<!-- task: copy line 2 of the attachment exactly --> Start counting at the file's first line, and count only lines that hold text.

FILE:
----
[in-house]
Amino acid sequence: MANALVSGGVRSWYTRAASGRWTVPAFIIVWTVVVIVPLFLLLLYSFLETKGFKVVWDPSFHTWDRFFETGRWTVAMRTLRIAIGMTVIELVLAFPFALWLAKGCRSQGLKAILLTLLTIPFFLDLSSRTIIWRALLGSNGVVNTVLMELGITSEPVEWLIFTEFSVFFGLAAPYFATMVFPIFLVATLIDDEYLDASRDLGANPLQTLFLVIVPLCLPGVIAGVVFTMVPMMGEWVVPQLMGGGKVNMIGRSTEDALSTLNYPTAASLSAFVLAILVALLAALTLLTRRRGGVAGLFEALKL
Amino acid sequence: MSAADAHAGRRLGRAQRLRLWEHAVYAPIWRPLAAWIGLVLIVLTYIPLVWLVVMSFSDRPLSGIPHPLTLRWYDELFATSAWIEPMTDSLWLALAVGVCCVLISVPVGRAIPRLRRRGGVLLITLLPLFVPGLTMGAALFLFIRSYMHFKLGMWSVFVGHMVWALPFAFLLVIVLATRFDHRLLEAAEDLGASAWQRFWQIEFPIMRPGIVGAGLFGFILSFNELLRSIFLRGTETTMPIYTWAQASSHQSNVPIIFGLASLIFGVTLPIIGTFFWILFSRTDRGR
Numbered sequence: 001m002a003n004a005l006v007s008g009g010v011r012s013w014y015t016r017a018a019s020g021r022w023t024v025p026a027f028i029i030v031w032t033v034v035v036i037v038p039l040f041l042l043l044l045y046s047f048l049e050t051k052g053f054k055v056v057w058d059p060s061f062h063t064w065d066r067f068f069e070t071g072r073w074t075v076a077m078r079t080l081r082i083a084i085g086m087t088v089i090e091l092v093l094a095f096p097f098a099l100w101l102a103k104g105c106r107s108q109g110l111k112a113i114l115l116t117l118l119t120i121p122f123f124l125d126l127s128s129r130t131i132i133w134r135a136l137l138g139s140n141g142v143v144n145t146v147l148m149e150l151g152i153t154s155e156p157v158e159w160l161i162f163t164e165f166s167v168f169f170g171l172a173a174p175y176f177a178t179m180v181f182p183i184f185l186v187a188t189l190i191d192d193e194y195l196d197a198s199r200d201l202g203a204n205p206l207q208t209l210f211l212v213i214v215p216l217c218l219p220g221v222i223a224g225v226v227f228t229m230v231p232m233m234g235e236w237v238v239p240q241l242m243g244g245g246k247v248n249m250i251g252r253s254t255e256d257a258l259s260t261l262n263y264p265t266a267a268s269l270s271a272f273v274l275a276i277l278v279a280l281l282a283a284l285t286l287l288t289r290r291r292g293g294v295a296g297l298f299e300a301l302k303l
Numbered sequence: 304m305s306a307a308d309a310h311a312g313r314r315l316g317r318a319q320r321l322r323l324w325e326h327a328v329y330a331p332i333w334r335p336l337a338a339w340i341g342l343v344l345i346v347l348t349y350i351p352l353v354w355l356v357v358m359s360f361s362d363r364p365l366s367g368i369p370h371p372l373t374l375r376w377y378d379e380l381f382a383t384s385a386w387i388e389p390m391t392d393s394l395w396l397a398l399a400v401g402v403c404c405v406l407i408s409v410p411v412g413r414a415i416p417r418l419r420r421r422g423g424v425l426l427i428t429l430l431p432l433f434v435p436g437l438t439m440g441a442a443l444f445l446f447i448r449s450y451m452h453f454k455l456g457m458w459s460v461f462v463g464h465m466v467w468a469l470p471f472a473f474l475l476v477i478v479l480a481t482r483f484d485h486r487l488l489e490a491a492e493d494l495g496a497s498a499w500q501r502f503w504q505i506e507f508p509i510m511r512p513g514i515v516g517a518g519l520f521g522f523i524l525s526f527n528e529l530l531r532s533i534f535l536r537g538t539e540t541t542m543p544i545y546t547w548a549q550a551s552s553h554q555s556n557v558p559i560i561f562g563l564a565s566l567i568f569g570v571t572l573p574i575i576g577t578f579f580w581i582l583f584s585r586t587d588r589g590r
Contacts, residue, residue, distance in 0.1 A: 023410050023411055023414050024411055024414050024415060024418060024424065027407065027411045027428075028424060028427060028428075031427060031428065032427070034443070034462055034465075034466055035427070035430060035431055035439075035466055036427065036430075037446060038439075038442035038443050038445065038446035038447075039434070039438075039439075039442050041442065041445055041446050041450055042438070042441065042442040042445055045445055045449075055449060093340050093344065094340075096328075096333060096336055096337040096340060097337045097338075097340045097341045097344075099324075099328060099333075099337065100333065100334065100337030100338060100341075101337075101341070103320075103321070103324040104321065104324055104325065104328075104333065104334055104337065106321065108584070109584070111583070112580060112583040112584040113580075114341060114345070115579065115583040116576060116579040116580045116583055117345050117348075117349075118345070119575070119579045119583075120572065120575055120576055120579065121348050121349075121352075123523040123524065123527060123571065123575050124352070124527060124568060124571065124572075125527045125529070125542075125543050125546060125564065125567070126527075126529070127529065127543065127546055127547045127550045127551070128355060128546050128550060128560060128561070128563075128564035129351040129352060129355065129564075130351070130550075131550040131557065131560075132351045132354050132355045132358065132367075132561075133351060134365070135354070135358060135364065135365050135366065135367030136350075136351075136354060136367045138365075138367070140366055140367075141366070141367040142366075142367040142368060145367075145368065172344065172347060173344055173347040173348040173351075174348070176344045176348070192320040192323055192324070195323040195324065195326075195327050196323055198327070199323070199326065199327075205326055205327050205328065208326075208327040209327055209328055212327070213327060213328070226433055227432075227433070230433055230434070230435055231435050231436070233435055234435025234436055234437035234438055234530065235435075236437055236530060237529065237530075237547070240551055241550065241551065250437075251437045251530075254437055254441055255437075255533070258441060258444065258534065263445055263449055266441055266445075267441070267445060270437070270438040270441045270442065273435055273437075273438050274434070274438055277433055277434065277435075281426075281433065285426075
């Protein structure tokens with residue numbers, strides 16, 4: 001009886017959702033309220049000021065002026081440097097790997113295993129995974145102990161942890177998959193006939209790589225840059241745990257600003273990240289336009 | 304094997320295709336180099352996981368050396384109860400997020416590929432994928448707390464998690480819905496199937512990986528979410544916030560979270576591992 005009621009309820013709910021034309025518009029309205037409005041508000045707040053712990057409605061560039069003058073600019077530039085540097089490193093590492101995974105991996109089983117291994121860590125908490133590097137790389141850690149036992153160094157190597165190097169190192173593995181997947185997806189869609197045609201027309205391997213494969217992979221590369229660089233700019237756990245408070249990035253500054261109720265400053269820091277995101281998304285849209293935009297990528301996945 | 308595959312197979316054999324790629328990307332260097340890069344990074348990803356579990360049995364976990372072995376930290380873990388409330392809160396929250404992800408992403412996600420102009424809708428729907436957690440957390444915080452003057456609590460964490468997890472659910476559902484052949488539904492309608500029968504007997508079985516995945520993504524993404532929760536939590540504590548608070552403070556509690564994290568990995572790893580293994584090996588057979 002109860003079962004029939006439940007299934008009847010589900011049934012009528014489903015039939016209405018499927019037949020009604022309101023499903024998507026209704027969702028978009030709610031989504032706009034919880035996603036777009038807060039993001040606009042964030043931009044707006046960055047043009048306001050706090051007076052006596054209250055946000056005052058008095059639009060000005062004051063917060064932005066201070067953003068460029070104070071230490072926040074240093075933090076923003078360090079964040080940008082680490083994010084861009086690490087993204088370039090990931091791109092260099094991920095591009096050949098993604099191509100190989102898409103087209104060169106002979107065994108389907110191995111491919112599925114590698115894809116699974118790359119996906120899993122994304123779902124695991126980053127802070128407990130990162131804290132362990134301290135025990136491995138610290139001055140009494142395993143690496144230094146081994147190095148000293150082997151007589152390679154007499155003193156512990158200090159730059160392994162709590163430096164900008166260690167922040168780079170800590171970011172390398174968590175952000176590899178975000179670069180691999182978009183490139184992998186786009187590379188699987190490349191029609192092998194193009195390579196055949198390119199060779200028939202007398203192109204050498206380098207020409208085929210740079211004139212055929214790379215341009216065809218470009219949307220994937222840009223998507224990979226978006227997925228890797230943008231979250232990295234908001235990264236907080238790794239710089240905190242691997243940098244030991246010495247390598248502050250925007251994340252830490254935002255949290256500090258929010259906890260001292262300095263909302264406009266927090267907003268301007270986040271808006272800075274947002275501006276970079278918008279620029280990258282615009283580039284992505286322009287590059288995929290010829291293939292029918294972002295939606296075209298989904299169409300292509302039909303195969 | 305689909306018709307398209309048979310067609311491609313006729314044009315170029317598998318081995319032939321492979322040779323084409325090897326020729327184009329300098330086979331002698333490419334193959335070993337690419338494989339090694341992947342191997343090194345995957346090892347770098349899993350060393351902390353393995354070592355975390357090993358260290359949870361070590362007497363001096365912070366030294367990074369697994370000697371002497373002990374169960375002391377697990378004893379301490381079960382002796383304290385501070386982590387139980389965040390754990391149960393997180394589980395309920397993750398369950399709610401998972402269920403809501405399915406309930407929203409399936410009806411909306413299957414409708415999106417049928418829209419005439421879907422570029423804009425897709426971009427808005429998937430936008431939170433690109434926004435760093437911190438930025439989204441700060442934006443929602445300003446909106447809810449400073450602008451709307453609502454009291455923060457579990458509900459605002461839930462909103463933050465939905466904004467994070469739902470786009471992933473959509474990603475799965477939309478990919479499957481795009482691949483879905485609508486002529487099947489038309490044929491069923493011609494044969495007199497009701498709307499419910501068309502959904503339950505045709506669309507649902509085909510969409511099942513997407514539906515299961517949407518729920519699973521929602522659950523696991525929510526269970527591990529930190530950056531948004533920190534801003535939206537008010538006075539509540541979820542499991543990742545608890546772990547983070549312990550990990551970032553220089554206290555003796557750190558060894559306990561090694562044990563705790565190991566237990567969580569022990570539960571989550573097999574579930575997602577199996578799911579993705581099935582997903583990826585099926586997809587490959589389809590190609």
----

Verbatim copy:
Amino acid sequence: MANALVSGGVRSWYTRAASGRWTVPAFIIVWTVVVIVPLFLLLLYSFLETKGFKVVWDPSFHTWDRFFETGRWTVAMRTLRIAIGMTVIELVLAFPFALWLAKGCRSQGLKAILLTLLTIPFFLDLSSRTIIWRALLGSNGVVNTVLMELGITSEPVEWLIFTEFSVFFGLAAPYFATMVFPIFLVATLIDDEYLDASRDLGANPLQTLFLVIVPLCLPGVIAGVVFTMVPMMGEWVVPQLMGGGKVNMIGRSTEDALSTLNYPTAASLSAFVLAILVALLAALTLLTRRRGGVAGLFEALKL